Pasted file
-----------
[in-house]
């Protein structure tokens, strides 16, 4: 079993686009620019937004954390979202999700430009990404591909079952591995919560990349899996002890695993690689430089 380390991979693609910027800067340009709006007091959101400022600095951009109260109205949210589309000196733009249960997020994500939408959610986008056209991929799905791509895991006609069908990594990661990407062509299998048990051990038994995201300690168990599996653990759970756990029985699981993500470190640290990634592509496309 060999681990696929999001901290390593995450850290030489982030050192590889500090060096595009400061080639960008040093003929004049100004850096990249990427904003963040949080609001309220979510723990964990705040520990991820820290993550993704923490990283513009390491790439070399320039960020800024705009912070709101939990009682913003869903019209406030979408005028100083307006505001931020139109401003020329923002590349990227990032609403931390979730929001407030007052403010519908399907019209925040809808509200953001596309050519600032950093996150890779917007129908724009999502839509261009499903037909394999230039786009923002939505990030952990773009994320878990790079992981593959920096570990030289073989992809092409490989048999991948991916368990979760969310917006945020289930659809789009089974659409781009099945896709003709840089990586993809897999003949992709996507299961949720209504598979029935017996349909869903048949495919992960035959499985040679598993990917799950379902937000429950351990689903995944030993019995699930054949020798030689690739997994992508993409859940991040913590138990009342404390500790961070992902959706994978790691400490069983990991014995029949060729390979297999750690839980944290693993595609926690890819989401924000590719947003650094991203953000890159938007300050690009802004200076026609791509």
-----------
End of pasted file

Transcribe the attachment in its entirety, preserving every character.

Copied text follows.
[in-house]
């Protein structure tokens, strides 16, 4: 079993686009620019937004954390979202999700430009990404591909079952591995919560990349899996002890695993690689430089 380390991979693609910027800067340009709006007091959101400022600095951009109260109205949210589309000196733009249960997020994500939408959610986008056209991929799905791509895991006609069908990594990661990407062509299998048990051990038994995201300690168990599996653990759970756990029985699981993500470190640290990634592509496309 060999681990696929999001901290390593995450850290030489982030050192590889500090060096595009400061080639960008040093003929004049100004850096990249990427904003963040949080609001309220979510723990964990705040520990991820820290993550993704923490990283513009390491790439070399320039960020800024705009912070709101939990009682913003869903019209406030979408005028100083307006505001931020139109401003020329923002590349990227990032609403931390979730929001407030007052403010519908399907019209925040809808509200953001596309050519600032950093996150890779917007129908724009999502839509261009499903037909394999230039786009923002939505990030952990773009994320878990790079992981593959920096570990030289073989992809092409490989048999991948991916368990979760969310917006945020289930659809789009089974659409781009099945896709003709840089990586993809897999003949992709996507299961949720209504598979029935017996349909869903048949495919992960035959499985040679598993990917799950379902937000429950351990689903995944030993019995699930054949020798030689690739997994992508993409859940991040913590138990009342404390500790961070992902959706994978790691400490069983990991014995029949060729390979297999750690839980944290693993595609926690890819989401924000590719947003650094991203953000890159938007300050690009802004200076026609791509």